These are just the crib notes on the Planning Office recommendations. These recommendations will eventually be scheduled for public hearings before the Planning Commission and the Board of County Supervisors. The Planning Commission may choose to recommend portions of these tools, or they may recommend no action or policy change and retain the existing land use policies in the Comprehensive Plan today, and the Board of Supervisors may act as they choose. Full texts of the draft policies and ordinance are in separate documents linked on the County’s website. You need to contact your District Supervisor to have your views heard.

Monday, September 23, 2019

Before Purchasing a Home-Test a Well for Nitrate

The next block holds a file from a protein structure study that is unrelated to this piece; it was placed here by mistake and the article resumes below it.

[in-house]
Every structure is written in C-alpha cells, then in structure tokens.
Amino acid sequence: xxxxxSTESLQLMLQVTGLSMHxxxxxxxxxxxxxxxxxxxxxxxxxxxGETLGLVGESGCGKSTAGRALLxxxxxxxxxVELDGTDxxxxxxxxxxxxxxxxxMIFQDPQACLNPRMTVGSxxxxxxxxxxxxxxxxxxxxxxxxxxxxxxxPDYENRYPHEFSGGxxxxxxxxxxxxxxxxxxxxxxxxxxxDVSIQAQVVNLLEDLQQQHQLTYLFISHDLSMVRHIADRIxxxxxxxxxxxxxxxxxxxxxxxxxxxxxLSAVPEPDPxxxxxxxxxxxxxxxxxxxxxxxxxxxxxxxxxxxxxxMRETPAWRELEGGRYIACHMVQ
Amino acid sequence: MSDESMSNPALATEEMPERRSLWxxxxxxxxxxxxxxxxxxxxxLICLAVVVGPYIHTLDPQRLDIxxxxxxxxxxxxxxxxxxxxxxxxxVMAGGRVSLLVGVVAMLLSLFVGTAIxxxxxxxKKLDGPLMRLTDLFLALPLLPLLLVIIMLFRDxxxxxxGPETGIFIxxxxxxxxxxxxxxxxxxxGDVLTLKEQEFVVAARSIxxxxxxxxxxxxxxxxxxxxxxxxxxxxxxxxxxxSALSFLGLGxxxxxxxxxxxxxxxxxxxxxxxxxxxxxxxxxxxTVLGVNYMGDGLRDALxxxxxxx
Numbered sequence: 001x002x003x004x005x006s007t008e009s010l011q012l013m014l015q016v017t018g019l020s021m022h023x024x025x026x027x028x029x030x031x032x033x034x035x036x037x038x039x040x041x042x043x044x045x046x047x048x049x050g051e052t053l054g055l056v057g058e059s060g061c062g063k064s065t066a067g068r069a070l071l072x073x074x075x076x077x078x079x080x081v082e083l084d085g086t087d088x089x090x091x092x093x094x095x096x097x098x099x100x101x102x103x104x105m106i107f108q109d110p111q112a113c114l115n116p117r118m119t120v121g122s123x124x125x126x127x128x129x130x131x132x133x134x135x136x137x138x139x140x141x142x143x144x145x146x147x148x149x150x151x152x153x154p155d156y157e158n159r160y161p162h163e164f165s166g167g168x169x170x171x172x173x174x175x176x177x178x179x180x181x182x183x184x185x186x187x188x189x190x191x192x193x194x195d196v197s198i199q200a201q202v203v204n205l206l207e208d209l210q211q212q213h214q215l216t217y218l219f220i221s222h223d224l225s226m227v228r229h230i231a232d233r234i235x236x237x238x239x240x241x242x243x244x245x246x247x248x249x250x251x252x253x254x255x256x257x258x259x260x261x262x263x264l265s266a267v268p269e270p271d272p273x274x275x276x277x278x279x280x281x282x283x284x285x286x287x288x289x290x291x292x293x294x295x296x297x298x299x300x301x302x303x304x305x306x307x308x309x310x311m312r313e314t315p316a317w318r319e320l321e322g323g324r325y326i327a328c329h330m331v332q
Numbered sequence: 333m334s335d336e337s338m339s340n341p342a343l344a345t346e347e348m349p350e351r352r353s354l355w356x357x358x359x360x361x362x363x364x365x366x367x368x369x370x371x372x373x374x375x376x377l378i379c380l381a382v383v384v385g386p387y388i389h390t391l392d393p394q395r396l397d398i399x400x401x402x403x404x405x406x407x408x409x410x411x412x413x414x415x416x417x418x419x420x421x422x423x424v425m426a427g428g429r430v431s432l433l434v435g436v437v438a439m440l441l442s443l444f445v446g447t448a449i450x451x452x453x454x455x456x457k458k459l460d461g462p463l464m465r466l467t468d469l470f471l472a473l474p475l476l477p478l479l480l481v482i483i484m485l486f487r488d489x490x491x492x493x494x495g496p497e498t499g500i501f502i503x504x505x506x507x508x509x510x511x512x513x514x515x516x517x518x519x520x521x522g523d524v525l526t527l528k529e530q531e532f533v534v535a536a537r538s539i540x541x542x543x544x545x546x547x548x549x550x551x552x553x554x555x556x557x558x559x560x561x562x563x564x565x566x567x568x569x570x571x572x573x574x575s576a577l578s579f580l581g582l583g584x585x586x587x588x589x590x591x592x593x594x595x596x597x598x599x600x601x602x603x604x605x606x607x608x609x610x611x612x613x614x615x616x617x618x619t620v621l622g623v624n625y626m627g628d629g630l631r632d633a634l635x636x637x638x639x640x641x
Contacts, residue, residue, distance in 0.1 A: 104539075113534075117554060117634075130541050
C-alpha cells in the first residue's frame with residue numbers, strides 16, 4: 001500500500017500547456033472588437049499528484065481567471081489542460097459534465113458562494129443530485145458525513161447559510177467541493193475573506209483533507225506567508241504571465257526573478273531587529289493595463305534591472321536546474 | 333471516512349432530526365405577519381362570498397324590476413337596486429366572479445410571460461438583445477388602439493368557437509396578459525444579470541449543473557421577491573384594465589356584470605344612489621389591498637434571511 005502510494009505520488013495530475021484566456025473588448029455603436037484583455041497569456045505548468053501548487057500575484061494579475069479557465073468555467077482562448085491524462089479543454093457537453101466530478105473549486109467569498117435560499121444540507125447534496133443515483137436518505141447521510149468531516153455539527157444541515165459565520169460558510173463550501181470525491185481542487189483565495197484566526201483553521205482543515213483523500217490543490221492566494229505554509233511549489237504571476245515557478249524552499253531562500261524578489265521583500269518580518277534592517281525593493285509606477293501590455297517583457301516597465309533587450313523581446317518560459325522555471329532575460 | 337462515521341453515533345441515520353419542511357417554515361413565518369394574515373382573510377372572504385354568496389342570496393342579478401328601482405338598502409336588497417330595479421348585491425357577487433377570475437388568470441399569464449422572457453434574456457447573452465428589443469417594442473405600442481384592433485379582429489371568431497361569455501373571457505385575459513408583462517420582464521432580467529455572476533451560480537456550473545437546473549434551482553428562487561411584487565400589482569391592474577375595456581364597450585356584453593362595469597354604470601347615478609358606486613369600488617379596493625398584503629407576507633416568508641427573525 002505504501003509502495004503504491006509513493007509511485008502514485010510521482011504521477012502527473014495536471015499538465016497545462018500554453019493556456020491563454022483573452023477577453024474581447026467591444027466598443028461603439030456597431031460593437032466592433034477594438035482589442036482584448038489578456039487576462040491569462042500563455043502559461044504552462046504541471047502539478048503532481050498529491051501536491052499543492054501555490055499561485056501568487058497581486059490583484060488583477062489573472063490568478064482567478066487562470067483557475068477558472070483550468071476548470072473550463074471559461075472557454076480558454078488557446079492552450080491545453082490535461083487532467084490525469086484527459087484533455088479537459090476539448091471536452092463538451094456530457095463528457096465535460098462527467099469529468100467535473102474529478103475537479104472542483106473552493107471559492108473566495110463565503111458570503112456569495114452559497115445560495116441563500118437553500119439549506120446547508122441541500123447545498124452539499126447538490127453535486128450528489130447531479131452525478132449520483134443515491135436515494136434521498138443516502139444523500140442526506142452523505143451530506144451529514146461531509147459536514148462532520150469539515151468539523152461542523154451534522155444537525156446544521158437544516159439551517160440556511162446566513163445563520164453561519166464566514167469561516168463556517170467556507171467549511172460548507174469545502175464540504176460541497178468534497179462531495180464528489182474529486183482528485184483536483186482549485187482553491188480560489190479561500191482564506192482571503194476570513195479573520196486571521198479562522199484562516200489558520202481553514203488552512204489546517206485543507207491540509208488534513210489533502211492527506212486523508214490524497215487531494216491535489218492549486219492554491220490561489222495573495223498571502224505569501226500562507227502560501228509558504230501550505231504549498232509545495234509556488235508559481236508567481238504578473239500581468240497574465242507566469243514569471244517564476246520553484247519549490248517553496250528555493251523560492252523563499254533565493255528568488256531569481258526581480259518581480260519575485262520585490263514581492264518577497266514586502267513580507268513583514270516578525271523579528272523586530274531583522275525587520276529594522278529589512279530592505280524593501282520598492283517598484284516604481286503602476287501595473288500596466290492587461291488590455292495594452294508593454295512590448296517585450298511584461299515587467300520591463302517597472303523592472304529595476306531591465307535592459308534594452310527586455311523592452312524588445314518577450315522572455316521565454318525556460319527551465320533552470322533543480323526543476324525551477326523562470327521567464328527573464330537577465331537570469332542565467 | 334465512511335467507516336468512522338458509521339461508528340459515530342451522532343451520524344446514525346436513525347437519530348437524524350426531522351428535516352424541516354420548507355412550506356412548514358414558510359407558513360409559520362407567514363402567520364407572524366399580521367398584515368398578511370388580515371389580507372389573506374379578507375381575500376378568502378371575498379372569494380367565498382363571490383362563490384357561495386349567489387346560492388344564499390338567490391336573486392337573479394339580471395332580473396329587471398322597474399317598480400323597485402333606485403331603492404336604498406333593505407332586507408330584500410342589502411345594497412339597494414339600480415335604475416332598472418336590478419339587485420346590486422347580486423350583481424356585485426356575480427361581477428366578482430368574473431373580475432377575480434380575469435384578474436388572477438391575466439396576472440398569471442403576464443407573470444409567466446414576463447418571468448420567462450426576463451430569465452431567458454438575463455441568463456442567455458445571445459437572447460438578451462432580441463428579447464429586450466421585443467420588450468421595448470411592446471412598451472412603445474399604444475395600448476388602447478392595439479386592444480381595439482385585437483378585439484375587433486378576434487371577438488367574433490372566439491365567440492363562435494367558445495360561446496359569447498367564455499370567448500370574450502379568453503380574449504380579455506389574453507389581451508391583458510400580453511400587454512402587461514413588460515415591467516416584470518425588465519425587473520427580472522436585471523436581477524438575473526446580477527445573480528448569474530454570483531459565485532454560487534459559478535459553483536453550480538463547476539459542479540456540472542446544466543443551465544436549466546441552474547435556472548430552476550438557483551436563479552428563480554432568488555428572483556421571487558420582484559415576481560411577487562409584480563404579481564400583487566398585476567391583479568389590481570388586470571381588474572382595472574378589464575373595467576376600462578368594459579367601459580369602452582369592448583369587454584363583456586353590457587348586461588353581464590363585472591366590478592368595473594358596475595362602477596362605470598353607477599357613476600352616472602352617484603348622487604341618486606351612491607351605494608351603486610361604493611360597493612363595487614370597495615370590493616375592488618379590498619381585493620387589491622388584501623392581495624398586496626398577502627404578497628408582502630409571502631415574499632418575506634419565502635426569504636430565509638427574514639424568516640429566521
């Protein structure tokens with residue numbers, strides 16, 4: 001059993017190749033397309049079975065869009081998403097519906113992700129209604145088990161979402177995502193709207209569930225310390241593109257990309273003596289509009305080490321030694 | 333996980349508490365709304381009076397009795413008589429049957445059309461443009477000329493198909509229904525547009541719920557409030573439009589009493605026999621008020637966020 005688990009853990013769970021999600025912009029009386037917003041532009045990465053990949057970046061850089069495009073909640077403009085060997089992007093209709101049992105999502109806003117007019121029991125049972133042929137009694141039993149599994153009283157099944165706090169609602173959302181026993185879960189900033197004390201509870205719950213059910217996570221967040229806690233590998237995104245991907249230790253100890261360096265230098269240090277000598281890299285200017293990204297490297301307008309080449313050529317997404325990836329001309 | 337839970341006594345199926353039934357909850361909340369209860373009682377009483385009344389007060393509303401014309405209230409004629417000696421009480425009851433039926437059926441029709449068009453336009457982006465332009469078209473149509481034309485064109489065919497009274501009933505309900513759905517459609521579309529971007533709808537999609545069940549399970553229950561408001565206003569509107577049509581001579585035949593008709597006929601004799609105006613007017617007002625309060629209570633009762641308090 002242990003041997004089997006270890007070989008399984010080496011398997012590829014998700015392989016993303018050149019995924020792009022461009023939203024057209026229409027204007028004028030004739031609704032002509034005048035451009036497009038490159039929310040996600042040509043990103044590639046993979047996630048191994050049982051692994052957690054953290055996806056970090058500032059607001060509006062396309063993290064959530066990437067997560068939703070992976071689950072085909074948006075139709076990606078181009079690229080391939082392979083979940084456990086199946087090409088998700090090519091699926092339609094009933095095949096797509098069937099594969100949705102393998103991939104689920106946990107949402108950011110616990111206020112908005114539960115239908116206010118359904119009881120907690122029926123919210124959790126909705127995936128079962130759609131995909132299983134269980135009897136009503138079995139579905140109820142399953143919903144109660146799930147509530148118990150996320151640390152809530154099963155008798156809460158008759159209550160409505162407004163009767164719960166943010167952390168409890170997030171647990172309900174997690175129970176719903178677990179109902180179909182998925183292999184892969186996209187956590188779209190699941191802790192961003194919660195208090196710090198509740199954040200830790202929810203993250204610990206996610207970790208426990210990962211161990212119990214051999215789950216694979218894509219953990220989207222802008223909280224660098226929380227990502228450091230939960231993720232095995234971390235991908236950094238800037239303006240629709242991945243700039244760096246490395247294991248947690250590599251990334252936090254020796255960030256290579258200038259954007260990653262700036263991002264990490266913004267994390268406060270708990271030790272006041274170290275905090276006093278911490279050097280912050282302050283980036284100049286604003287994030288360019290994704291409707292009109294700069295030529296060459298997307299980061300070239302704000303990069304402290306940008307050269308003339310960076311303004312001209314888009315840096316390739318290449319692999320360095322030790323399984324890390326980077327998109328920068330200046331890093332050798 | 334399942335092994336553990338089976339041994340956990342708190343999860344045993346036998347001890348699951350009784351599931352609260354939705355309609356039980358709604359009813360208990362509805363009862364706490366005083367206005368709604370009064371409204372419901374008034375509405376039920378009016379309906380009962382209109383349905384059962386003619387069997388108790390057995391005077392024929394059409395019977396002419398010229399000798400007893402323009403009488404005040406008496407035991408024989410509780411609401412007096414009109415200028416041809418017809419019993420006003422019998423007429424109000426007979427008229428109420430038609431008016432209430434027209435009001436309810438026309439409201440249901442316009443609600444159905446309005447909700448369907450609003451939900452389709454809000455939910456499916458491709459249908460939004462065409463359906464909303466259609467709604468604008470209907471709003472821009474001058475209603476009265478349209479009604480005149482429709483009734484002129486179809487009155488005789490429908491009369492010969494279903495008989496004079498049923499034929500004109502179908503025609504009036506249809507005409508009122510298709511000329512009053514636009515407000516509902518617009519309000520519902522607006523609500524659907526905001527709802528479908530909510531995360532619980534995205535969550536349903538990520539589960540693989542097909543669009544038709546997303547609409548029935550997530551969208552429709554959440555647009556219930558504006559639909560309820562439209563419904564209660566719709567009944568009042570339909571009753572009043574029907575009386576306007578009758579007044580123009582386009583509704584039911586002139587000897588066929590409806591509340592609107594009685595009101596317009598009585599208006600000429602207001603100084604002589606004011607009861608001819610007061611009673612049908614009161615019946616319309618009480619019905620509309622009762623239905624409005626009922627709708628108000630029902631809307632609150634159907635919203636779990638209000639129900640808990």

Before you purchase a home with a well, you should test it for more than the presence of bacteria. One of the contaminants you should test for is nitrate. The levels of nitrate in groundwater tend to increase over time from the presence of fertilizer and human and animal waste. The Safe Drinking Water Act maximum contaminant level (MCL) for nitrate in public drinking water supplies in the United States is 10 mg/L as nitrate-nitrogen (NO3-N). This concentration is slightly below the World Health Organization (WHO) guideline of 50 mg/L as NO3 or 11.3 mg/L NO3-N. The regulatory limit for nitrate in public drinking water supplies was set to protect against infant methemoglobinemia, but other health effects were not considered.